Dracula with music by Philip Glass and the Kronos Quartet at Arlene Schnitzer Center, Portland, OR

Thursday, September 30, 2010

Charade (1963)

I don't get to play charades much but when I do play with my family or friends, it's always an enjoyable evening as guests or family try to guess my acting out words or actions or famous people.  It's a light-hearted game that usually brings laughs and groans. But when looking at the deeper meaning of charade, it's a sad word. Charade means deception or fake.

CHARADE (1963) directed by Stanley Donen is pretending to be a Hitchcock thriller, a cinematic love letter to NORTH BY NORTHWEST (1959). Although the plots are very different, both films have Cary Grant in the lead; a case of many mistaken identities; plenty of sexual innuendo between Grant and Audrey Hepburn; a trippy title sequence by Maurice Binder (who did many of the James Bond opening credits); and many moments of suspense. 

Donen had primarily made musicals like SINGING IN THE RAIN (1952) and  SEVEN BRIDES FOR SEVEN BROTHERS (1954)) early in his career but in the 1960's he made two Hitchcock like thrillers with CHARADE and later ARABESQUE (1966) with Gregory Peck and Sophia Loren playing the Cary Grant/Eva Marie Saint type roles. CHARADE doesn't have the great subtext and set pieces Hitchcock's great string of films in the 1950's had but the screen play by Peter Stone is smart and confident and clever with plenty of red herrings. There's an interesting musical score by composer Henry Mancini (THE PINK PANTHER films and BREAKFAST AT TIFFANY'S). Besides the dream team of Cary Grant and Audrey Hepburn, CHARADE showcases some supporting actors that would become very familiar to moviegoers for the next three decades - Walter Matthau, James Coburn, and George Kennedy. And did I mention the film is mostly filmed in Paris?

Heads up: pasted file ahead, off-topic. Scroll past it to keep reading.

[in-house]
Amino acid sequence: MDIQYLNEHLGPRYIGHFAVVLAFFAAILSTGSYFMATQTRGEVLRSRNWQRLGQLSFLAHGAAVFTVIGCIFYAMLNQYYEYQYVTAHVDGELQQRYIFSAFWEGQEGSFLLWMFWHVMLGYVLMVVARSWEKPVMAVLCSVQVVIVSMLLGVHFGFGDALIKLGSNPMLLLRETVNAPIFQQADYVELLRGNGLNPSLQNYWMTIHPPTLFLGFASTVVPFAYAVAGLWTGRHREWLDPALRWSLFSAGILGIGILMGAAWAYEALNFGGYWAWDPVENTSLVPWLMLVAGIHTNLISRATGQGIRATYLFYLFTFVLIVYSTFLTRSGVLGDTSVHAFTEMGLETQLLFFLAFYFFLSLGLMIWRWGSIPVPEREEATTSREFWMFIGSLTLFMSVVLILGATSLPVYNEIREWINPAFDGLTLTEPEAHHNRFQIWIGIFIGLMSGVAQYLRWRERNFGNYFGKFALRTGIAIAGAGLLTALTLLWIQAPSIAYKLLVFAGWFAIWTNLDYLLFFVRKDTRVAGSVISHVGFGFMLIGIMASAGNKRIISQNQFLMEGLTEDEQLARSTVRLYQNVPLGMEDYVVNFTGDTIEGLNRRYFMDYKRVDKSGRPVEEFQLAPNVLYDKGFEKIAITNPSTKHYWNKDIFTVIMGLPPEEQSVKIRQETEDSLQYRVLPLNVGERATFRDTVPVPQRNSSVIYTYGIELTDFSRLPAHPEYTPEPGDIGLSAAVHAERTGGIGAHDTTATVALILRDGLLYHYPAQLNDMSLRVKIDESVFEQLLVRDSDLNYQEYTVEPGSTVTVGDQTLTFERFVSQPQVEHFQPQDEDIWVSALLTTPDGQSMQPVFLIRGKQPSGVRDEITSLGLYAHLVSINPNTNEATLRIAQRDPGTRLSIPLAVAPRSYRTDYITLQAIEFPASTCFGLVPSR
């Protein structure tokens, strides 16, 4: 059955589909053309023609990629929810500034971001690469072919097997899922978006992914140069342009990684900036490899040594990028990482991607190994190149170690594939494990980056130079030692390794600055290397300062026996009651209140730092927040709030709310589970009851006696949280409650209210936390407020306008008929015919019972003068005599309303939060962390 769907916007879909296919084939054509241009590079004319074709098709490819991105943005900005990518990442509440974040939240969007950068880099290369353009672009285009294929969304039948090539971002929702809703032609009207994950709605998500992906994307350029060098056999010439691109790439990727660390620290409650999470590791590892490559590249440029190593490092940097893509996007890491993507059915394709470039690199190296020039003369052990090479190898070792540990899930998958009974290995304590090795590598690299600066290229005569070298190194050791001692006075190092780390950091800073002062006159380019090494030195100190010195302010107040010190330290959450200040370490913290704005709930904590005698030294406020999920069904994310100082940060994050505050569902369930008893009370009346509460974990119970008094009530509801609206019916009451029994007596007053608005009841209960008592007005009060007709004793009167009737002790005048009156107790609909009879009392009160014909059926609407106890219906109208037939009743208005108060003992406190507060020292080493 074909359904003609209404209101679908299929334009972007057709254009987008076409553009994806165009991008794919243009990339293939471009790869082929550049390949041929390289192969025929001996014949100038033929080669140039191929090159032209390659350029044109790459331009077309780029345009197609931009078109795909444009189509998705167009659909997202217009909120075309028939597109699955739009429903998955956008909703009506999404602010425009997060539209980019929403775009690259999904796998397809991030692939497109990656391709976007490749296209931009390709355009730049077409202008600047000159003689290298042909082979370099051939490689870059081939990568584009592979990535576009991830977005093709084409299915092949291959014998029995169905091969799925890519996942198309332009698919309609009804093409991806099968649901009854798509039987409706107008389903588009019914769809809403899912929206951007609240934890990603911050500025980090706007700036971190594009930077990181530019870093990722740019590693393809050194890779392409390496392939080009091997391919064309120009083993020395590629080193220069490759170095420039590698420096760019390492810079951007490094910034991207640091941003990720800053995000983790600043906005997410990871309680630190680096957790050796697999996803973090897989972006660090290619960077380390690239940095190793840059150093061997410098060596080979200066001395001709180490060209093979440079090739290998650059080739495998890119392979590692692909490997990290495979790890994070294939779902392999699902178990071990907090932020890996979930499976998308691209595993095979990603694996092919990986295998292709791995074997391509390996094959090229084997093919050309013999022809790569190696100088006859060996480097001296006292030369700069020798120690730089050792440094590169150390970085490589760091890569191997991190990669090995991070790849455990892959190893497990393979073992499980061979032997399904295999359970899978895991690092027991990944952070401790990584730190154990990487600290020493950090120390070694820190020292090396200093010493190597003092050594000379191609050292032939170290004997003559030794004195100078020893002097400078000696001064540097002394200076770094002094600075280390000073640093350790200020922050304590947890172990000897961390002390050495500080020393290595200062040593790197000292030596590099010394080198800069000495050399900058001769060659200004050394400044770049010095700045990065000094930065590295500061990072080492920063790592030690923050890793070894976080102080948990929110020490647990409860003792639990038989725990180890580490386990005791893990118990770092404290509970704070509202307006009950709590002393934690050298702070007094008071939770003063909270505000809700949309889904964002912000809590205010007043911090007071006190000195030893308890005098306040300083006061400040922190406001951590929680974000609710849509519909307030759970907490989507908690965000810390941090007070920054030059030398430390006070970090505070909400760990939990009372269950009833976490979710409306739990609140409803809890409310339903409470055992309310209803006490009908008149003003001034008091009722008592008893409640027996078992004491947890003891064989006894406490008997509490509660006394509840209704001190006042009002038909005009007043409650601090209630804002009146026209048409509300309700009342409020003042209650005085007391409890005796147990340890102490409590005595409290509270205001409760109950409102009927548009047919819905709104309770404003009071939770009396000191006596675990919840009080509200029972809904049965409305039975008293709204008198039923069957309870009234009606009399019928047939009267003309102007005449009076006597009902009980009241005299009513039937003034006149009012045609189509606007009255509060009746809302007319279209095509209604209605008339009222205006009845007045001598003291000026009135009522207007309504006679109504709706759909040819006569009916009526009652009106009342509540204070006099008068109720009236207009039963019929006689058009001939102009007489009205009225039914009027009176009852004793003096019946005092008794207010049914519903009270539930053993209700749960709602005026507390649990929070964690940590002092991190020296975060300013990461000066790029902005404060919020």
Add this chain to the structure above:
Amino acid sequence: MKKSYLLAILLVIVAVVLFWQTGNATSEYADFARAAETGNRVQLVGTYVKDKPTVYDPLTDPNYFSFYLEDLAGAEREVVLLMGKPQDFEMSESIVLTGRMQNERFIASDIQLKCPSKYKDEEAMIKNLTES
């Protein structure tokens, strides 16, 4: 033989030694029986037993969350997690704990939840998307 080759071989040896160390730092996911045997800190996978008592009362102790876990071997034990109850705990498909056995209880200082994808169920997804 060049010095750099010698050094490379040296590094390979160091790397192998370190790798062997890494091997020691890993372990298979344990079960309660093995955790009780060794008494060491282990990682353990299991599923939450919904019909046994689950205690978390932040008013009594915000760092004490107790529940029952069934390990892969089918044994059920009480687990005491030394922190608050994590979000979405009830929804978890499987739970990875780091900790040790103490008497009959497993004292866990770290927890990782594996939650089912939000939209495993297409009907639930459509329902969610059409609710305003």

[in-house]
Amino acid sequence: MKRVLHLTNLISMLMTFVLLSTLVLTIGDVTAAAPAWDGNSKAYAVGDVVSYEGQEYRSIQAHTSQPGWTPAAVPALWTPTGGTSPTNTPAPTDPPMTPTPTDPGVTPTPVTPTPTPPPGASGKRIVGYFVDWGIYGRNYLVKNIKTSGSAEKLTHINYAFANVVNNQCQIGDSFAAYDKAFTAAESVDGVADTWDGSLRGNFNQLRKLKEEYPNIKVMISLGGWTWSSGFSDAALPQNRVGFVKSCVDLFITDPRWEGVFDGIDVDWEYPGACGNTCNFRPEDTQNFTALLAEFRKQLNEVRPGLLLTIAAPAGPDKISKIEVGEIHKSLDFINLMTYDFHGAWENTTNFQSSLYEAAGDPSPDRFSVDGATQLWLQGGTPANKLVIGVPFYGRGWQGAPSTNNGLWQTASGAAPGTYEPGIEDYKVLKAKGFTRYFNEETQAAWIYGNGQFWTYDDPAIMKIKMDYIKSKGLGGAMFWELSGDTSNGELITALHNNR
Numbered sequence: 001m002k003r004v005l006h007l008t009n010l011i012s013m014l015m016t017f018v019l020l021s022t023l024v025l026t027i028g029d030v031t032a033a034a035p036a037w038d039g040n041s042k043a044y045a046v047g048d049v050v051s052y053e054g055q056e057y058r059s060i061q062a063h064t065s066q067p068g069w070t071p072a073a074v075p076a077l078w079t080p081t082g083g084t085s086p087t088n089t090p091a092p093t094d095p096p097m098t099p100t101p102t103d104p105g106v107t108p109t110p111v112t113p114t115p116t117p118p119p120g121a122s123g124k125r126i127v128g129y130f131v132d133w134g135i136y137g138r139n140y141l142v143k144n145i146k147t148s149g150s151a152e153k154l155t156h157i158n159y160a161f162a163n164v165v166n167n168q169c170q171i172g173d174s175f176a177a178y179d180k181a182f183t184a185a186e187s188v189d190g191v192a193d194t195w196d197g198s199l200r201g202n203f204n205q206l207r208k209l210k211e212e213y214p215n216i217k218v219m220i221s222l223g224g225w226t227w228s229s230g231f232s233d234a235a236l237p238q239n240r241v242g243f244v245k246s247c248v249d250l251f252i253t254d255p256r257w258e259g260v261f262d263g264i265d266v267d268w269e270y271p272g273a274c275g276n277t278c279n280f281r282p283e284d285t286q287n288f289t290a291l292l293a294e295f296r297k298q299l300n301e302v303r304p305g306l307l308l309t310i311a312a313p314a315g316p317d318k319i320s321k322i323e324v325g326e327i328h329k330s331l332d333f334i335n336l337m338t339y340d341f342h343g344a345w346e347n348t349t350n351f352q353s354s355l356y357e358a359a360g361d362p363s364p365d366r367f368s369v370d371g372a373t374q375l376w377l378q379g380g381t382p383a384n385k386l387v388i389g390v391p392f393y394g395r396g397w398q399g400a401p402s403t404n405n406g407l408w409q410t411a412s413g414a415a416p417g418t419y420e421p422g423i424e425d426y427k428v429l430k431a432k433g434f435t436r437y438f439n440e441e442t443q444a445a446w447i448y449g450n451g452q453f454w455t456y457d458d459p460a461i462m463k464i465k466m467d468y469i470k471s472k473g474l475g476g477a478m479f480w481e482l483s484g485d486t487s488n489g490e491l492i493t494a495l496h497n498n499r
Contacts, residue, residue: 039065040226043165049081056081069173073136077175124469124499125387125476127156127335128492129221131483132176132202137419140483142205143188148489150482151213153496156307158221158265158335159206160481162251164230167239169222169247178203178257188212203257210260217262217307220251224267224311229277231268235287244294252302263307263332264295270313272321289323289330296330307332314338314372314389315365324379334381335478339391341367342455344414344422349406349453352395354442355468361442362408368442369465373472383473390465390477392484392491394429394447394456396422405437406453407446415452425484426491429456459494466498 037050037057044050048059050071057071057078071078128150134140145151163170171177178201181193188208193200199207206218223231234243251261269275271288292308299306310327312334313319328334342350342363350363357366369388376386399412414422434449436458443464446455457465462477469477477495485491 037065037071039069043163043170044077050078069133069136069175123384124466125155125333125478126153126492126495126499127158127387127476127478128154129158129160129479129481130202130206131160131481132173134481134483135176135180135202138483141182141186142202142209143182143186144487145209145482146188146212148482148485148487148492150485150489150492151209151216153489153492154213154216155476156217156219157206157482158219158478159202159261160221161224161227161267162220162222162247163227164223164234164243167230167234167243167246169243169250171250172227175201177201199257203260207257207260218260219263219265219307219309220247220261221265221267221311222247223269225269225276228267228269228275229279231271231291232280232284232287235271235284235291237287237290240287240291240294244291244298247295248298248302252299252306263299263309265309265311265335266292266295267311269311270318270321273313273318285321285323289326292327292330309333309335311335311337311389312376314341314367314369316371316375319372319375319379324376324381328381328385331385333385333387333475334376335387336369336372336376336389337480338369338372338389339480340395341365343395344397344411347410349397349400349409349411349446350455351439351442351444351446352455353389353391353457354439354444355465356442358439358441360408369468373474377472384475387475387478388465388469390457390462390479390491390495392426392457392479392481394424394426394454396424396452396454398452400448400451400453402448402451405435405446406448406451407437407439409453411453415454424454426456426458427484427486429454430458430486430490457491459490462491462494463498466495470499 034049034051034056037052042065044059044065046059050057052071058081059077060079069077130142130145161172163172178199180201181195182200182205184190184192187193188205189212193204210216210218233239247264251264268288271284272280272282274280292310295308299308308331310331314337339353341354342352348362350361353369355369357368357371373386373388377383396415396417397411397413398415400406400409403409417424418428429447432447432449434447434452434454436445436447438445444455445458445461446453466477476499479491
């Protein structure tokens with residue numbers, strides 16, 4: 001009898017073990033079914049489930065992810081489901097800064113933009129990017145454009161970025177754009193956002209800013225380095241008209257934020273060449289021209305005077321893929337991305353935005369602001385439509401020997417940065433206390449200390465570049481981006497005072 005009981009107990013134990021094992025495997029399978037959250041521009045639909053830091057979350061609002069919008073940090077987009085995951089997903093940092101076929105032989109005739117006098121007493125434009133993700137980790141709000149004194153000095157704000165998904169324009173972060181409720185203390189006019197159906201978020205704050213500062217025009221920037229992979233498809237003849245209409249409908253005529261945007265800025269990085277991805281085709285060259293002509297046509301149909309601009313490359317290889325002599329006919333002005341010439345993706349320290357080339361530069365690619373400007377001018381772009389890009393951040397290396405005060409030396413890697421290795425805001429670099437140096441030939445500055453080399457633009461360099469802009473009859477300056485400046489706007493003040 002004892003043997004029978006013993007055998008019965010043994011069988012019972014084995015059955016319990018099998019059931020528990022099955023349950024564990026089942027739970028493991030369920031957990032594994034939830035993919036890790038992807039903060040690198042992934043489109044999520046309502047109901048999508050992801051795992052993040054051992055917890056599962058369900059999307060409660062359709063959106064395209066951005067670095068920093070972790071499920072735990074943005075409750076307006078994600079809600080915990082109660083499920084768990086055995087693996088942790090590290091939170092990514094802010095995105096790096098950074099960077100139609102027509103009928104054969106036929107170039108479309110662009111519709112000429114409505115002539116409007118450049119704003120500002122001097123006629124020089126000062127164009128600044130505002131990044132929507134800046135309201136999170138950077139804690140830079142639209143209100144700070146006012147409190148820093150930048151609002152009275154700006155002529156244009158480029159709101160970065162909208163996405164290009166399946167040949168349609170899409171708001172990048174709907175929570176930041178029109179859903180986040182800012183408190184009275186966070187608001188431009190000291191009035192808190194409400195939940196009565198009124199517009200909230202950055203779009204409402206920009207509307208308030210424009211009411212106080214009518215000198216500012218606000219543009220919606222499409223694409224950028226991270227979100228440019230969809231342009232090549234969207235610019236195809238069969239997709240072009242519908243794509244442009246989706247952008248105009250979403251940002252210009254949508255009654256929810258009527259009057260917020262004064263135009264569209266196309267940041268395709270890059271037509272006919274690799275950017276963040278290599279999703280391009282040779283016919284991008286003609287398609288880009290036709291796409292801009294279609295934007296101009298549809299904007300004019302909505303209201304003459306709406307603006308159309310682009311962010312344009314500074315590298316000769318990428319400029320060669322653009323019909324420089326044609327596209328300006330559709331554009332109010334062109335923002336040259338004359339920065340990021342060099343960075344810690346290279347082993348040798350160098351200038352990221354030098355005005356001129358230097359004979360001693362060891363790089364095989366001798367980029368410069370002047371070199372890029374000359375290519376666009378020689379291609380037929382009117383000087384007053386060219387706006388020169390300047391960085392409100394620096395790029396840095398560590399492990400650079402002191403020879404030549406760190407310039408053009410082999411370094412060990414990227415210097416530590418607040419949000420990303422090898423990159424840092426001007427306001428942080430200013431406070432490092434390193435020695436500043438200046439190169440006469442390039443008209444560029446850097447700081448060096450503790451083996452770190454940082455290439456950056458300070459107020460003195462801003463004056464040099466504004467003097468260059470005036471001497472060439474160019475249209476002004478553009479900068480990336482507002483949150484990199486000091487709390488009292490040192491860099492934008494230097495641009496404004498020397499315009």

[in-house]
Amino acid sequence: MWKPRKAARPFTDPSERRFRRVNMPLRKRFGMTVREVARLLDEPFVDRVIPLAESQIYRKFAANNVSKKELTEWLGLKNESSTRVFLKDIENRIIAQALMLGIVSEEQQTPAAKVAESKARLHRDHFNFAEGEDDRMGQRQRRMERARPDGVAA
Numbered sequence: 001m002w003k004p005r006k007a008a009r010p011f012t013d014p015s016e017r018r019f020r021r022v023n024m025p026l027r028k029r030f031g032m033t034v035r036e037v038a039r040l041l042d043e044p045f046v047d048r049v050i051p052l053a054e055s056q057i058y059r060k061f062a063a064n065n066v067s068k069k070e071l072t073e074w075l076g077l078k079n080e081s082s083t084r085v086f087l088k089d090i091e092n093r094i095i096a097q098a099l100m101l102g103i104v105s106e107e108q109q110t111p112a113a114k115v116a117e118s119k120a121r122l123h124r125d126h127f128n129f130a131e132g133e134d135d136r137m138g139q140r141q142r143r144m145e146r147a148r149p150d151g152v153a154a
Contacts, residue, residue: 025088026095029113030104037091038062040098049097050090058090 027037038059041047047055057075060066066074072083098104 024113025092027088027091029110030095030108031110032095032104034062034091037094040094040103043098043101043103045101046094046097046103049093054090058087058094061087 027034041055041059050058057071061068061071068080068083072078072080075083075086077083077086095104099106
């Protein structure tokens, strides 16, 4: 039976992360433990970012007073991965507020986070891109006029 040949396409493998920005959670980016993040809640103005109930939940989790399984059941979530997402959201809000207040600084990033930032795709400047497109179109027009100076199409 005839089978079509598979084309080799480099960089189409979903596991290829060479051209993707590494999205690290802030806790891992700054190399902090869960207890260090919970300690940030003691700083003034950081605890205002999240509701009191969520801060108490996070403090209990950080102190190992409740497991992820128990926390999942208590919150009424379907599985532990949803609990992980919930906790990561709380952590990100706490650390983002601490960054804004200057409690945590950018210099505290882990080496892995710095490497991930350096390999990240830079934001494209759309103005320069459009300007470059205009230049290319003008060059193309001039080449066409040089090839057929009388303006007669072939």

CHARADE revolves around the dead husband of Regina Lampert (Audrey Hepburn) and the missing $250,000 he stole from the U.S. government and four war buddies in 1944 during World War II. Charles Lampert is murdered and thrown from a train in the first seconds of the film. At his wake in Paris, three of the men cheated out of their cut of the money show up to confirm Lampert is dead: the behemoth Herman Scobie (George Kennedy); the squirrely Leopold Gideon (Ned Glass); and the smooth-talking Tex Panthollow (James Coburn). They quickly turn their attention to Regina who they're convinced knows where the missing loot is.  Regina has a partial ally in the mysterious Peter Joshua (Cary Grant) who has taken a keen interest in her and her predicament. First, Peter shows up during her French Alps vacation. Later, he attends the wake as well. But is Peter's interest in Regina friendly or is he the fourth partner in crime looking for his share?

Regina receives a call from Hamilton Bartholomew (Walter Matthau) with the U.S. Embassy who discloses that her deceased husband was part of an OSS mission with four other men, ordered behind German lines to deliver $250,000 to the French Underground.  The men decide to steal the money from the U.S. government but their plans go awry when they're ambused by the Germans. Lampert escaped with the money and left the others to be caught or killed. Bartholomew, representing the U.S. government also wants the money back. And he warns Regina that the fourth man may be the one who killed her husband, a man called Carson Dial.